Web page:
Joyology is a student-run club created by a group of Carlisle middle schoolers that focuses on generating positivity. The members try to spread kindness by writing kind messages on sticky notes and posting them on students' lockers, sponsoring kindness challenges to encourage other students to do acts of service and much more.
"The Altruists," tells the story of Arthur Alter, a father who has alienated his adult children but finds himself needing to reconnect with them, thanks to his foundering career and economic situation.
Comparing United States Presidents is considered more or less a parlor game. But can U.S. Presidents actually be compared in a truly useful manner? What methods and variables do historians use to make these comparisons and how do they help us understand the present?
Pollinators are responsible for sustaining our ecosystem and producing natural resources by helping plants reproduce. Approximately 90 percent of wild flowering plants and 75 percent of food crops around the world depend on pollination for successful production.
Iris is an easy-to-grow perennial flowering plant that has more than 200 species of beautiful flowers that come in many shades. Iris takes its name from the Greek Goddess of the rainbow because of its wide range of colors.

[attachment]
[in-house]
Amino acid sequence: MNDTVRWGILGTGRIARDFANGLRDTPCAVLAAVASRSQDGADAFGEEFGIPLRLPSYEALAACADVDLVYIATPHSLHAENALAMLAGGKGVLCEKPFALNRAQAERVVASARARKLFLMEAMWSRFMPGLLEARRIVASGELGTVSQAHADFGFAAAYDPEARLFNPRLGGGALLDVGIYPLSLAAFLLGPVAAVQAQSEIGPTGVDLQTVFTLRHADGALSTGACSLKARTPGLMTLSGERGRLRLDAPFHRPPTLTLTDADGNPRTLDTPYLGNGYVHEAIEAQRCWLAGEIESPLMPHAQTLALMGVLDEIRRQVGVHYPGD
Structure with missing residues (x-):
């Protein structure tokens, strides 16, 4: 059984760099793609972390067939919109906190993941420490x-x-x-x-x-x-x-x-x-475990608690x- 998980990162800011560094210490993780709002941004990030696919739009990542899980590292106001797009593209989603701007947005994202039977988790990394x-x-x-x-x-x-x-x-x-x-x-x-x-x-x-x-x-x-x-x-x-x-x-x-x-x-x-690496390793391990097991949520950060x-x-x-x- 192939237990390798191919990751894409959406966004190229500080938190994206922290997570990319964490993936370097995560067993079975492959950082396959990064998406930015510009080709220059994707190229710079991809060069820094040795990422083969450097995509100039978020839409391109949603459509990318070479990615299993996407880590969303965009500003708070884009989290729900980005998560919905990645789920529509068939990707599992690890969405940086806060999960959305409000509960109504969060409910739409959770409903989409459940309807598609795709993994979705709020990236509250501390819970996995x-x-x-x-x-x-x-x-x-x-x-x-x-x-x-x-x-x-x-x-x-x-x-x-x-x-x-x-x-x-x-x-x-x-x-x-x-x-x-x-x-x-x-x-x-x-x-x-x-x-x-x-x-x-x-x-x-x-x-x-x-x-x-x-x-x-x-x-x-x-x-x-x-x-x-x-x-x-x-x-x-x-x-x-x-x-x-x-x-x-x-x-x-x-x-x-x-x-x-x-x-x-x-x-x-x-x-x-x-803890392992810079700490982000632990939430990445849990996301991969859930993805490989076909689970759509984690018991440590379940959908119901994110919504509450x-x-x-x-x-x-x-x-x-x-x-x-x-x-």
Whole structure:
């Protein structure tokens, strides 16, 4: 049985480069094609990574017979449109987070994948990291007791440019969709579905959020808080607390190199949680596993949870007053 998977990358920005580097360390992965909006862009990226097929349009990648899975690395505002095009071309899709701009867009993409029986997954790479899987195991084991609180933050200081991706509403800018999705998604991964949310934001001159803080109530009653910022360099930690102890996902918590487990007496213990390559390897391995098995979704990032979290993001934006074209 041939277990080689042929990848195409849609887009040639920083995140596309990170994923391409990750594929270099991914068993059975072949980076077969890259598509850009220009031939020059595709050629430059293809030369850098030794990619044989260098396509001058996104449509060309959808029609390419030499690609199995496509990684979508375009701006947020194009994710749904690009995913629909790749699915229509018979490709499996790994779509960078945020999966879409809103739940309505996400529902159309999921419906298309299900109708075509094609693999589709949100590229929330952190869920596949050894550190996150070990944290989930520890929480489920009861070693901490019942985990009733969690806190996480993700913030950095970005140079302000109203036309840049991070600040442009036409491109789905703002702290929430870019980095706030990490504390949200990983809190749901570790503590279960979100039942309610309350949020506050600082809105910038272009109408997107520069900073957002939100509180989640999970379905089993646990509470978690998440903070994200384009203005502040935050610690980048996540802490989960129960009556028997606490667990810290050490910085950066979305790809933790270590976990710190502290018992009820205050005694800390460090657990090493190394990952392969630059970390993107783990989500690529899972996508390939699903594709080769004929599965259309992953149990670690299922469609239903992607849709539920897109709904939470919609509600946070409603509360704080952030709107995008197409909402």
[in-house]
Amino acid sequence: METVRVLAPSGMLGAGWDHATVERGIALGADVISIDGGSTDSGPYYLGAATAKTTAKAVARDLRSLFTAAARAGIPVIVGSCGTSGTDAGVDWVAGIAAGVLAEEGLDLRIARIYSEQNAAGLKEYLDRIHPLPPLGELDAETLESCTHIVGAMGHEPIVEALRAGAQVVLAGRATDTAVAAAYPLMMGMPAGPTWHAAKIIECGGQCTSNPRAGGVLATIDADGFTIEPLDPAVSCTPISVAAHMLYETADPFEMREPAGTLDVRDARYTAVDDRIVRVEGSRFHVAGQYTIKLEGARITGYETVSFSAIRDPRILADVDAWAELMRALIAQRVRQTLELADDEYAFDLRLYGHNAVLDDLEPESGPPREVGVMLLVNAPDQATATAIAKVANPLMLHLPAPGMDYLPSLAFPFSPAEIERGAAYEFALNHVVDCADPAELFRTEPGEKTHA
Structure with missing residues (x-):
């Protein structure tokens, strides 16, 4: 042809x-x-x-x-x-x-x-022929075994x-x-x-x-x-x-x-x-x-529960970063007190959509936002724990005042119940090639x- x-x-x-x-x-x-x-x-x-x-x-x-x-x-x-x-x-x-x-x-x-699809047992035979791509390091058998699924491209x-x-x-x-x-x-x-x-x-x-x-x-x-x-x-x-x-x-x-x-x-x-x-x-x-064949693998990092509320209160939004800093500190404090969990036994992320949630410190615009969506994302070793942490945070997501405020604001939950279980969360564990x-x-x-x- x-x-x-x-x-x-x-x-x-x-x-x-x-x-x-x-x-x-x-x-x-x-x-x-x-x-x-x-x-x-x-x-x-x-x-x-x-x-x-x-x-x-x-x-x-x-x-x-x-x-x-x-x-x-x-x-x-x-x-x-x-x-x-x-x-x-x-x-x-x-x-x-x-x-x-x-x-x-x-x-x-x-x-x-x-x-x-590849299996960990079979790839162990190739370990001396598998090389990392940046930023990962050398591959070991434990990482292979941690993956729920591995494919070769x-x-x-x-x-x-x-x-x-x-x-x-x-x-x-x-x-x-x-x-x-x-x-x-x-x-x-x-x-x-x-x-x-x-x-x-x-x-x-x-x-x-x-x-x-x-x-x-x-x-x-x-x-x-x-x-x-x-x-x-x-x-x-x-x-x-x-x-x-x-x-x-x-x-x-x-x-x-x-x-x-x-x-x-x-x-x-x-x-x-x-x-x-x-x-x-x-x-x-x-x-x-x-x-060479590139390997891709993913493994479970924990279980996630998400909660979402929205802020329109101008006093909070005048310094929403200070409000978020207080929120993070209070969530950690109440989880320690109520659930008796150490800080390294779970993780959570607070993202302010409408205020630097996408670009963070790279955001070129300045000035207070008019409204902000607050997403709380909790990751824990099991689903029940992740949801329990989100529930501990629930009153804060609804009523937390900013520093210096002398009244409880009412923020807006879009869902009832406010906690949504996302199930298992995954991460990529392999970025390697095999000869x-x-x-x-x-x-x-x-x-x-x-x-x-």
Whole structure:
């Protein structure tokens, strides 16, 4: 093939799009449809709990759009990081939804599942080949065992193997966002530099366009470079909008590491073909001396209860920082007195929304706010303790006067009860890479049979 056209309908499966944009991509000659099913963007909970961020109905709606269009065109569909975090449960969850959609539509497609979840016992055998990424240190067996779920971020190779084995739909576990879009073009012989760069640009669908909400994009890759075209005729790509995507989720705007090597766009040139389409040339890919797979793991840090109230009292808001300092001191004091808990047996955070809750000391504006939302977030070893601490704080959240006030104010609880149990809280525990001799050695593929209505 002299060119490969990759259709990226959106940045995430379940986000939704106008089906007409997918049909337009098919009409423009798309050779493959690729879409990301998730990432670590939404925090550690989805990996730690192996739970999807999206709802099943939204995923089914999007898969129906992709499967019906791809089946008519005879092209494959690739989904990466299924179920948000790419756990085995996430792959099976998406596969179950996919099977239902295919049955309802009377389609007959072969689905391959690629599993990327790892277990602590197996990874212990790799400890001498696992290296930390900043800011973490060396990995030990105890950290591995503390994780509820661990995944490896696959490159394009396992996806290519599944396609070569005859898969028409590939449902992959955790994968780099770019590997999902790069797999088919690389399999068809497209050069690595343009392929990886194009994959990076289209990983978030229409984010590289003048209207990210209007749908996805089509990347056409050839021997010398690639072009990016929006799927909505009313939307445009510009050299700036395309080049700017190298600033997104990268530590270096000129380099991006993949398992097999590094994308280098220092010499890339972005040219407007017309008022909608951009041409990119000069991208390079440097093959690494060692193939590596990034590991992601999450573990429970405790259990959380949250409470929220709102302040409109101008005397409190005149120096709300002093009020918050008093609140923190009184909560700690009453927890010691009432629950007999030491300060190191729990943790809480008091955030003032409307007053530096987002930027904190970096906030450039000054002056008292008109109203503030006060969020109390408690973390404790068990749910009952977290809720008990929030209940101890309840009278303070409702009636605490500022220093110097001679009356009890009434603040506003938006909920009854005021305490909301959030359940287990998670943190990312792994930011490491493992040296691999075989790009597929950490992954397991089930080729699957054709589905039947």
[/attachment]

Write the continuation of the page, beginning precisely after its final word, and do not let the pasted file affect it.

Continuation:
Glyphosate, the active ingredient in Roundup, manufactured by Monsanto-Bayer, is widely used in Iowa. It's sprayed on thousands of acres of farmland each year and is commonly used in lawns and gardens.
Earlier this month, a California jury awarded a couple more than $2 million in a dispute against Monsanto, ruling that the plaintiffs contracted non-Hodgkin lymphoma because of their use of Roundup. This is the third such case to end this way in California in the last two years.
Representative Cindy Axne (IA-03) grilled U.S. Secretary of the Treasury Steven Mnuchin at a House Financial Services Committee hearing this morning. The subject: how growing tarriff concerns may impact Iowans and other Americans.
On this "politics day" edition of River to River, host Ben Kieffer is joined by Evan Renfro, assistant professor of political science at the University of Northern Iowa and Steffen Schmidt, Lucken Endowed professor of political science at Iowa State University, for a look at some of the top political headlines of the week.
For centuries, yoga has served as a healing and therapeutic practice that has helped many who have encountered trauma in their life.
"When trauma happens, there is this lack of power, this lack of choice over what is happening," says Julie Jack, founder and editor of The Exhale Project, a grant funded program that offers free yoga classes to survivors of sexual assault, domestic violence, human trafficking and other related traumas.
The 8-track tape was a revolutionary technology that allowed people to play music on-demand in their vehicles. It was a very popular medium in the United States from the mid 1960s to early 1980s, but it's popularity was short-lived.
In this edition of Talk of Iowa, Charity Nebbe talks with Bob Anders, who is working to reinvigorate the appeal of the 8-track with his show, "Bob’s 8-Track Garage Sale" on KHOI-FM in Ames.